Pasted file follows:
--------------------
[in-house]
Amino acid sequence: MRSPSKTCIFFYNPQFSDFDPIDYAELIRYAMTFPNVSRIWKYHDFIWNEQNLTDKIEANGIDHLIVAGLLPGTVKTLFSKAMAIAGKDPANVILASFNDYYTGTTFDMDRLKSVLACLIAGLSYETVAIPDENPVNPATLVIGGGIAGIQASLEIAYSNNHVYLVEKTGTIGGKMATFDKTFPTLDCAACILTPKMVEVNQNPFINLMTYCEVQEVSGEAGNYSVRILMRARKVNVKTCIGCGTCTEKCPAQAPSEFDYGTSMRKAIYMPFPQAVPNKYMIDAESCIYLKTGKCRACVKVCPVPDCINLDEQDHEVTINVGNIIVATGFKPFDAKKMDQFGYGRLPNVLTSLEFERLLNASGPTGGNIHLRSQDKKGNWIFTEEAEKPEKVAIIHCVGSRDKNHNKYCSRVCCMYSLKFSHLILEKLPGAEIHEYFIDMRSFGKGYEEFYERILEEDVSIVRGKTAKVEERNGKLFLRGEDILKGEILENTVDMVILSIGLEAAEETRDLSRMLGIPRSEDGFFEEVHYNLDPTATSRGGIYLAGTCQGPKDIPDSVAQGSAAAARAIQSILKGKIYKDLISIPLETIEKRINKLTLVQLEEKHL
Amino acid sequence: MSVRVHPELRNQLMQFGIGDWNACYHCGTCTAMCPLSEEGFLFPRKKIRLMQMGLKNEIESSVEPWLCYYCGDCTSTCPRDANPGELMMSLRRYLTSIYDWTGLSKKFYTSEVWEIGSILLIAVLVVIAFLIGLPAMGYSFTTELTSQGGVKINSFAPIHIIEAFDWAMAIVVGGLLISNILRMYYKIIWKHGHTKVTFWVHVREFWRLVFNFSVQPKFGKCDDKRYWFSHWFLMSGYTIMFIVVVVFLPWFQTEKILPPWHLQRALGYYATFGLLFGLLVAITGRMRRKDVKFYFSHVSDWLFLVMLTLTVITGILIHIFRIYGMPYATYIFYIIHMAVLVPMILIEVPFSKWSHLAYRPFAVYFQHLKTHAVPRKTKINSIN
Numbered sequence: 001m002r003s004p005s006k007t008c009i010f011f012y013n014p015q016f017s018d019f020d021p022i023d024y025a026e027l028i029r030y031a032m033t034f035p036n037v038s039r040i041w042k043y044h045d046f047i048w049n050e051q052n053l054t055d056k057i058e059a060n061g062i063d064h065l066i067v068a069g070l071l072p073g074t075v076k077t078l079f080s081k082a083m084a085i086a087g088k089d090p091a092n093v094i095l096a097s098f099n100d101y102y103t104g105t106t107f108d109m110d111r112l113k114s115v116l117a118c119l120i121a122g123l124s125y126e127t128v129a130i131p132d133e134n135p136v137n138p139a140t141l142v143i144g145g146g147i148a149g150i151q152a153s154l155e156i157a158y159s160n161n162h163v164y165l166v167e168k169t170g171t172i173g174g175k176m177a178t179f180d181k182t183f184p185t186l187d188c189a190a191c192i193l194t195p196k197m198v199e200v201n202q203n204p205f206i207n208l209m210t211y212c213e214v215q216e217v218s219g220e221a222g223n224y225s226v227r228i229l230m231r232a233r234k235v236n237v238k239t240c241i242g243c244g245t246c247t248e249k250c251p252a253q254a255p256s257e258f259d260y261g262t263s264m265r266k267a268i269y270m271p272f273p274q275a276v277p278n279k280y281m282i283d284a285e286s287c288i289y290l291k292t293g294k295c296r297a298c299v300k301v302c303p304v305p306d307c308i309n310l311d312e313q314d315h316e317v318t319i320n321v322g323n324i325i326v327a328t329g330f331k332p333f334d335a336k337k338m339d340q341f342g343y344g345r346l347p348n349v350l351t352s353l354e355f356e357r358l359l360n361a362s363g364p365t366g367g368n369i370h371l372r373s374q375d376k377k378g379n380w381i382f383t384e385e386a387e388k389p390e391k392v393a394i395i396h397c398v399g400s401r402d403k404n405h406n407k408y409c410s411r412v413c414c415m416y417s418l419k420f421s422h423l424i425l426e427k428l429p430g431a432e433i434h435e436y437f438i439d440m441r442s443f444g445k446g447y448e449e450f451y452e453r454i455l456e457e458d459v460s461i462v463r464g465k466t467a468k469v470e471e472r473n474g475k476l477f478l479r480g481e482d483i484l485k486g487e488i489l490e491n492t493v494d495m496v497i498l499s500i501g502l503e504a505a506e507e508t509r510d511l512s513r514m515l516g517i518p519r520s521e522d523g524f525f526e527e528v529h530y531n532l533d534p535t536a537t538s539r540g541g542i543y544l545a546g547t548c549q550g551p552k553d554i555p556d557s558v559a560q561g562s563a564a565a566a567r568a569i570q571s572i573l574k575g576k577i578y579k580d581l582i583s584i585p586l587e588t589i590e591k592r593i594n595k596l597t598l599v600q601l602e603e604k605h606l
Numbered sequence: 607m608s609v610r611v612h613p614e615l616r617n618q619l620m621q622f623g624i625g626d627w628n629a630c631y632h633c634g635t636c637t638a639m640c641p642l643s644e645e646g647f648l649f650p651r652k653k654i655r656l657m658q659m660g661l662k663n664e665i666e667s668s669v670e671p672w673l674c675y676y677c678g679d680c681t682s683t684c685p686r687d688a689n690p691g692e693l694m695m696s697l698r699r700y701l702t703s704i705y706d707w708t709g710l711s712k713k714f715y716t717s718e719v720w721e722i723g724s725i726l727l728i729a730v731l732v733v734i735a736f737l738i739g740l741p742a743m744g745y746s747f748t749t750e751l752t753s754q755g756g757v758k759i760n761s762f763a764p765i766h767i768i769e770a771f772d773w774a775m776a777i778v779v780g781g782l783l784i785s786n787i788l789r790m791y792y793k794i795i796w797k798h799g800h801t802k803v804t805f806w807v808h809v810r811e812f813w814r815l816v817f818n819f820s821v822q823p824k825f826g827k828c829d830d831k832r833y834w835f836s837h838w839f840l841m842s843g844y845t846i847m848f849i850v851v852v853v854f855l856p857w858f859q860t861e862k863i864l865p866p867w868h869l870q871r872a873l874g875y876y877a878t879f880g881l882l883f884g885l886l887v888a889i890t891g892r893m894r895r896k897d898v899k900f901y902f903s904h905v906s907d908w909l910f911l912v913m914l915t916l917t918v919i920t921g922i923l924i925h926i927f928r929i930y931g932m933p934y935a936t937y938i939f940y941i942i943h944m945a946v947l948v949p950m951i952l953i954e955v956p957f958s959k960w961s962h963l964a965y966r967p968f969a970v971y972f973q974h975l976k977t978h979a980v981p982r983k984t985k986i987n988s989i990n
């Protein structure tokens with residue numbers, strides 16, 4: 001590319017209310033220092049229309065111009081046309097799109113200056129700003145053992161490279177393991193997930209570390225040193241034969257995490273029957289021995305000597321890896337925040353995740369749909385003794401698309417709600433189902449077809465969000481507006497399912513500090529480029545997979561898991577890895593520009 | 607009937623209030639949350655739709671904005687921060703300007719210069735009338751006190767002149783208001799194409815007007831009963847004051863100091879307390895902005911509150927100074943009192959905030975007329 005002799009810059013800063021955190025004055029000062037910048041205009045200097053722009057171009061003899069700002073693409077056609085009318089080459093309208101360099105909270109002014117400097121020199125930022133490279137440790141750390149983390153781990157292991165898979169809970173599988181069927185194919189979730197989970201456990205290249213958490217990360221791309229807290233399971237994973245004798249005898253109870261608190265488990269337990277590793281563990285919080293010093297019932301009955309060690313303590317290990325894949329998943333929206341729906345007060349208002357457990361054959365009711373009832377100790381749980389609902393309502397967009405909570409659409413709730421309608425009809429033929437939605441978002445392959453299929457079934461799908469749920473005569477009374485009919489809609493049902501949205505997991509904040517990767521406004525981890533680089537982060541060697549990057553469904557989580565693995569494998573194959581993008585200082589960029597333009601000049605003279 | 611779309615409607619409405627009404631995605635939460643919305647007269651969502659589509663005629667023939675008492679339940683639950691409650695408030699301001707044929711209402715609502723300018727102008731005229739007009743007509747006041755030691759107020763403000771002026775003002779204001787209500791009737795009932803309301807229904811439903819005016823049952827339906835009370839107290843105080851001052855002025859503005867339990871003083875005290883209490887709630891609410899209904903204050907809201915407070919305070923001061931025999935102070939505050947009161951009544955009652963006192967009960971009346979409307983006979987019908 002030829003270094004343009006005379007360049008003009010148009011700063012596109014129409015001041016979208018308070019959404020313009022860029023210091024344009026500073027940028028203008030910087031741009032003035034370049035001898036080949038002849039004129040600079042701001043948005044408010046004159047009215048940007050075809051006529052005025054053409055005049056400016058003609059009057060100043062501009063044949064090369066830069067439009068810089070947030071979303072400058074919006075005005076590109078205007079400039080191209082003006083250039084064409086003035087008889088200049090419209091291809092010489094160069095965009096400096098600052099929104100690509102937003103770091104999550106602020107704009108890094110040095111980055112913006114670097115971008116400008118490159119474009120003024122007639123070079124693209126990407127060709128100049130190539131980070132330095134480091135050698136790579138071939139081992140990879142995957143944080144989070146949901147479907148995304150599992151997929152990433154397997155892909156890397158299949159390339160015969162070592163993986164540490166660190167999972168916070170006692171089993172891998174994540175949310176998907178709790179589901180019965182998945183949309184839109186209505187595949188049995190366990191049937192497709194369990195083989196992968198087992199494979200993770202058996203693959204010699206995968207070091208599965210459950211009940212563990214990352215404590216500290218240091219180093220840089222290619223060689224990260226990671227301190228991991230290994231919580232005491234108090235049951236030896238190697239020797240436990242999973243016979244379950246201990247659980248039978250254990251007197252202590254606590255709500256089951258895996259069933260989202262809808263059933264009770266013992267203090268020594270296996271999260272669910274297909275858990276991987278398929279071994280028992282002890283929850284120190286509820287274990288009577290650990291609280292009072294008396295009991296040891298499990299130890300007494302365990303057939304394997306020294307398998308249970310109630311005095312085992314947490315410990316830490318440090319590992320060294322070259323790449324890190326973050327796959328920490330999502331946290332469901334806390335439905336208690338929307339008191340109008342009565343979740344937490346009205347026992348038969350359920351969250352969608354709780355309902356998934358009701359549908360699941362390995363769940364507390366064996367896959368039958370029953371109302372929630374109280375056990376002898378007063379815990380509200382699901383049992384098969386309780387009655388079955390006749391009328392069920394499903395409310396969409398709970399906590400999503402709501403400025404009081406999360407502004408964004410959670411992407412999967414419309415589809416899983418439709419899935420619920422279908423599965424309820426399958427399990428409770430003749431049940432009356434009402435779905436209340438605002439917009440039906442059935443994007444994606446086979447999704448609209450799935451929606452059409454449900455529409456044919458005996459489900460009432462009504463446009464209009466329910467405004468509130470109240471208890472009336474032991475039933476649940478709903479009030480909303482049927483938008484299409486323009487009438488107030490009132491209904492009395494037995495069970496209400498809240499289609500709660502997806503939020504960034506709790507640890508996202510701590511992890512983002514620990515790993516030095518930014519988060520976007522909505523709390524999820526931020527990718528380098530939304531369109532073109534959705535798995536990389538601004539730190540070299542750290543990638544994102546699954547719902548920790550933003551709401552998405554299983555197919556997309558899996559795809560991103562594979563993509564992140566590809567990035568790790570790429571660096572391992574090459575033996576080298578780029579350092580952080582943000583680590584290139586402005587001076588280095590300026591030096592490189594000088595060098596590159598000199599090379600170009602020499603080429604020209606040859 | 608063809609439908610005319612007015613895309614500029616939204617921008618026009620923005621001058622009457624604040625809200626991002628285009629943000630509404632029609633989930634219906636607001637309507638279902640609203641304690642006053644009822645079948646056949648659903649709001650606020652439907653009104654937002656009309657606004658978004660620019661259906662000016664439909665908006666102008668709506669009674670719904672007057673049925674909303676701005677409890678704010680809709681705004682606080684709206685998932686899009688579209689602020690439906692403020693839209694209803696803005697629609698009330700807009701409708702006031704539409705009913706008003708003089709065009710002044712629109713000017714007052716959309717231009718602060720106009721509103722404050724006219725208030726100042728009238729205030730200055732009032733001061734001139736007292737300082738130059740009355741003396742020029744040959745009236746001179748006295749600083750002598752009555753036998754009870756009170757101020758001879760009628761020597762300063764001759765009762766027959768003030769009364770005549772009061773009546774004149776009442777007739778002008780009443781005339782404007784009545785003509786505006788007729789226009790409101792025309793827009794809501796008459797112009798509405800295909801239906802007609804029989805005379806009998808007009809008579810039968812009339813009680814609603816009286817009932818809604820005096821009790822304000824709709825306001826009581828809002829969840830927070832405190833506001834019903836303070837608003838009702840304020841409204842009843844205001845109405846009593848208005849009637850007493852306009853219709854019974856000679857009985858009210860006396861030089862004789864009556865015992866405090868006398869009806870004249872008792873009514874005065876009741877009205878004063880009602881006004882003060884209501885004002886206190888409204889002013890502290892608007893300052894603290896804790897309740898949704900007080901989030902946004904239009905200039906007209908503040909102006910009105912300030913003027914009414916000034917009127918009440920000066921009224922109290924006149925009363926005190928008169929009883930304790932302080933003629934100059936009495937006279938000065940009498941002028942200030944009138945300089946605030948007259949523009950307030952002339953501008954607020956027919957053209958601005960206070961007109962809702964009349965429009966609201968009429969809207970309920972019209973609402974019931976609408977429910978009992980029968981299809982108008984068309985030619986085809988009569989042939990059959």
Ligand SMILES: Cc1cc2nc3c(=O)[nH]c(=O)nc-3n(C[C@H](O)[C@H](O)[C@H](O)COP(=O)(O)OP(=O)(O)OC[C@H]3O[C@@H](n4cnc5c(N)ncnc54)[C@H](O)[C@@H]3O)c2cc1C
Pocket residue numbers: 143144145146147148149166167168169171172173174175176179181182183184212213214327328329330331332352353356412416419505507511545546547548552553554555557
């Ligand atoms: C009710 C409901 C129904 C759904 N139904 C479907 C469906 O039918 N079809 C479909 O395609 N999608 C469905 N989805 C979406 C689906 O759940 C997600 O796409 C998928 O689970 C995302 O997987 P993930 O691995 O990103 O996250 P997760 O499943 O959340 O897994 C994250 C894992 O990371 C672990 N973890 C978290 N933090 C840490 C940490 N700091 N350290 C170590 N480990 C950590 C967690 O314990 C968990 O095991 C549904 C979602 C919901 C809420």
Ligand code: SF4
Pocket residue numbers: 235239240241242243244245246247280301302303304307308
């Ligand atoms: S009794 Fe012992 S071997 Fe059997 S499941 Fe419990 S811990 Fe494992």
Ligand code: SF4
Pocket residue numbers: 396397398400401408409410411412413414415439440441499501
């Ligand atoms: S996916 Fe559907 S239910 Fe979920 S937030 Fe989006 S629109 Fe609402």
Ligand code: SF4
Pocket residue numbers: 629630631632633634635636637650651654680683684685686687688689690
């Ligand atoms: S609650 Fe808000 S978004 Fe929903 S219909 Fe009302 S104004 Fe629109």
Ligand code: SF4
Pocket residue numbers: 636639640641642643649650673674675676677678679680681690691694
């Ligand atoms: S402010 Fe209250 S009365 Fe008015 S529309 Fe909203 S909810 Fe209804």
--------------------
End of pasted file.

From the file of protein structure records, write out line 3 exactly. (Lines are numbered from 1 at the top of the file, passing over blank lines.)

Amino acid sequence: MSVRVHPELRNQLMQFGIGDWNACYHCGTCTAMCPLSEEGFLFPRKKIRLMQMGLKNEIESSVEPWLCYYCGDCTSTCPRDANPGELMMSLRRYLTSIYDWTGLSKKFYTSEVWEIGSILLIAVLVVIAFLIGLPAMGYSFTTELTSQGGVKINSFAPIHIIEAFDWAMAIVVGGLLISNILRMYYKIIWKHGHTKVTFWVHVREFWRLVFNFSVQPKFGKCDDKRYWFSHWFLMSGYTIMFIVVVVFLPWFQTEKILPPWHLQRALGYYATFGLLFGLLVAITGRMRRKDVKFYFSHVSDWLFLVMLTLTVITGILIHIFRIYGMPYATYIFYIIHMAVLVPMILIEVPFSKWSHLAYRPFAVYFQHLKTHAVPRKTKINSIN